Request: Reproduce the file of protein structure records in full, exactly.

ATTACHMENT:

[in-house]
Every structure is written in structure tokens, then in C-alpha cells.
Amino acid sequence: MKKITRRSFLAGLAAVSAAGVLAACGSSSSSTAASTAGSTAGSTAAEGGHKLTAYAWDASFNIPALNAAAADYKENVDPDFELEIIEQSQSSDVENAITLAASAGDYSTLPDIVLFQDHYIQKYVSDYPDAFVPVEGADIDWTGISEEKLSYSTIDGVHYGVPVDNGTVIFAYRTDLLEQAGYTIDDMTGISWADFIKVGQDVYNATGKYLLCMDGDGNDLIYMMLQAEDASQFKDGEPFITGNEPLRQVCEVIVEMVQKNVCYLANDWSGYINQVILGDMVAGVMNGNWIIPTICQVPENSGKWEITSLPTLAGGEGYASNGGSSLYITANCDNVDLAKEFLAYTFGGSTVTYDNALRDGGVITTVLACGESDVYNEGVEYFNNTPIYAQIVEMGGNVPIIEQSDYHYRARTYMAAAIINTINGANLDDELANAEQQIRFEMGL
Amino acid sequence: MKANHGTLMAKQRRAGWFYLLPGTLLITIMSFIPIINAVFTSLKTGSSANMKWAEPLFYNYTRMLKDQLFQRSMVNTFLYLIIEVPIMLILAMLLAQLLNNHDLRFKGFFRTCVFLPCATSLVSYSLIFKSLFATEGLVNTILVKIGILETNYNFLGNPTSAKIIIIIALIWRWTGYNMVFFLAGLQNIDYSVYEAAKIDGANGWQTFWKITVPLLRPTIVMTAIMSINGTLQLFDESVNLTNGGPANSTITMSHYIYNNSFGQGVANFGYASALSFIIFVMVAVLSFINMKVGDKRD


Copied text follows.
[in-house]
Every structure is written in structure tokens, then in C-alpha cells.
Amino acid sequence: MKKITRRSFLAGLAAVSAAGVLAACGSSSSSTAASTAGSTAGSTAAEGGHKLTAYAWDASFNIPALNAAAADYKENVDPDFELEIIEQSQSSDVENAITLAASAGDYSTLPDIVLFQDHYIQKYVSDYPDAFVPVEGADIDWTGISEEKLSYSTIDGVHYGVPVDNGTVIFAYRTDLLEQAGYTIDDMTGISWADFIKVGQDVYNATGKYLLCMDGDGNDLIYMMLQAEDASQFKDGEPFITGNEPLRQVCEVIVEMVQKNVCYLANDWSGYINQVILGDMVAGVMNGNWIIPTICQVPENSGKWEITSLPTLAGGEGYASNGGSSLYITANCDNVDLAKEFLAYTFGGSTVTYDNALRDGGVITTVLACGESDVYNEGVEYFNNTPIYAQIVEMGGNVPIIEQSDYHYRARTYMAAAIINTINGANLDDELANAEQQIRFEMGL
Amino acid sequence: MKANHGTLMAKQRRAGWFYLLPGTLLITIMSFIPIINAVFTSLKTGSSANMKWAEPLFYNYTRMLKDQLFQRSMVNTFLYLIIEVPIMLILAMLLAQLLNNHDLRFKGFFRTCVFLPCATSLVSYSLIFKSLFATEGLVNTILVKIGILETNYNFLGNPTSAKIIIIIALIWRWTGYNMVFFLAGLQNIDYSVYEAAKIDGANGWQTFWKITVPLLRPTIVMTAIMSINGTLQLFDESVNLTNGGPANSTITMSHYIYNNSFGQGVANFGYASALSFIIFVMVAVLSFINMKVGDKRD